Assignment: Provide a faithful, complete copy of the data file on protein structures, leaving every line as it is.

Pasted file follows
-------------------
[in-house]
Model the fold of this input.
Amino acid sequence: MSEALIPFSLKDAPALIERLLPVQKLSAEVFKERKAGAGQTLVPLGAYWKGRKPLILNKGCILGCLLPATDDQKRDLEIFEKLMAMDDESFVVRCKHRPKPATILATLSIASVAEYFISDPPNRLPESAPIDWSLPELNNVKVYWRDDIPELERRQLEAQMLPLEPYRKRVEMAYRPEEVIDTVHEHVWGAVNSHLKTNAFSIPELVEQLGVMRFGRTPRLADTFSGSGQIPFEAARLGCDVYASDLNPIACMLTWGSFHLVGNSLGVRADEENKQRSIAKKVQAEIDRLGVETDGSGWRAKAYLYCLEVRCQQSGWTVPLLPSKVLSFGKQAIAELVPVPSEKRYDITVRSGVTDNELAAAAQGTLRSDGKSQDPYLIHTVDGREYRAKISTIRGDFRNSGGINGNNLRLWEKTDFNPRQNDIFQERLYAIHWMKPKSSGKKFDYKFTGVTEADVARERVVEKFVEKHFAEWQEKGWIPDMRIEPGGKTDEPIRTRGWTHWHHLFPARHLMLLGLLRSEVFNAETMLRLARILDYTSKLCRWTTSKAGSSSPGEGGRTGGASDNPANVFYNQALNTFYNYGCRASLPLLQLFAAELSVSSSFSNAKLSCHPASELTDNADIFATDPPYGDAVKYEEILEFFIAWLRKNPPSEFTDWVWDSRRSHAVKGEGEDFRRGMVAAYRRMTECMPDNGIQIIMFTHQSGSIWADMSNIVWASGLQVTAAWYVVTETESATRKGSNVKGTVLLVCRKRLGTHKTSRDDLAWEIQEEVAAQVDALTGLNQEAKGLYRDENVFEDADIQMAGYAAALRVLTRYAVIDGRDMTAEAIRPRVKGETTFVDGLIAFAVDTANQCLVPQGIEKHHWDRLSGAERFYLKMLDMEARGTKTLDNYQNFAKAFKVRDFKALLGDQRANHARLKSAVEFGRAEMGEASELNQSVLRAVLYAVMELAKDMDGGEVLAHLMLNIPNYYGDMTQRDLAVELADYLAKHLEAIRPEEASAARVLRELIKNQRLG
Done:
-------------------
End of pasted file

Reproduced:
[in-house]
Model the fold of this input.
Amino acid sequence: MSEALIPFSLKDAPALIERLLPVQKLSAEVFKERKAGAGQTLVPLGAYWKGRKPLILNKGCILGCLLPATDDQKRDLEIFEKLMAMDDESFVVRCKHRPKPATILATLSIASVAEYFISDPPNRLPESAPIDWSLPELNNVKVYWRDDIPELERRQLEAQMLPLEPYRKRVEMAYRPEEVIDTVHEHVWGAVNSHLKTNAFSIPELVEQLGVMRFGRTPRLADTFSGSGQIPFEAARLGCDVYASDLNPIACMLTWGSFHLVGNSLGVRADEENKQRSIAKKVQAEIDRLGVETDGSGWRAKAYLYCLEVRCQQSGWTVPLLPSKVLSFGKQAIAELVPVPSEKRYDITVRSGVTDNELAAAAQGTLRSDGKSQDPYLIHTVDGREYRAKISTIRGDFRNSGGINGNNLRLWEKTDFNPRQNDIFQERLYAIHWMKPKSSGKKFDYKFTGVTEADVARERVVEKFVEKHFAEWQEKGWIPDMRIEPGGKTDEPIRTRGWTHWHHLFPARHLMLLGLLRSEVFNAETMLRLARILDYTSKLCRWTTSKAGSSSPGEGGRTGGASDNPANVFYNQALNTFYNYGCRASLPLLQLFAAELSVSSSFSNAKLSCHPASELTDNADIFATDPPYGDAVKYEEILEFFIAWLRKNPPSEFTDWVWDSRRSHAVKGEGEDFRRGMVAAYRRMTECMPDNGIQIIMFTHQSGSIWADMSNIVWASGLQVTAAWYVVTETESATRKGSNVKGTVLLVCRKRLGTHKTSRDDLAWEIQEEVAAQVDALTGLNQEAKGLYRDENVFEDADIQMAGYAAALRVLTRYAVIDGRDMTAEAIRPRVKGETTFVDGLIAFAVDTANQCLVPQGIEKHHWDRLSGAERFYLKMLDMEARGTKTLDNYQNFAKAFKVRDFKALLGDQRANHARLKSAVEFGRAEMGEASELNQSVLRAVLYAVMELAKDMDGGEVLAHLMLNIPNYYGDMTQRDLAVELADYLAKHLEAIRPEEASAARVLRELIKNQRLG
Done: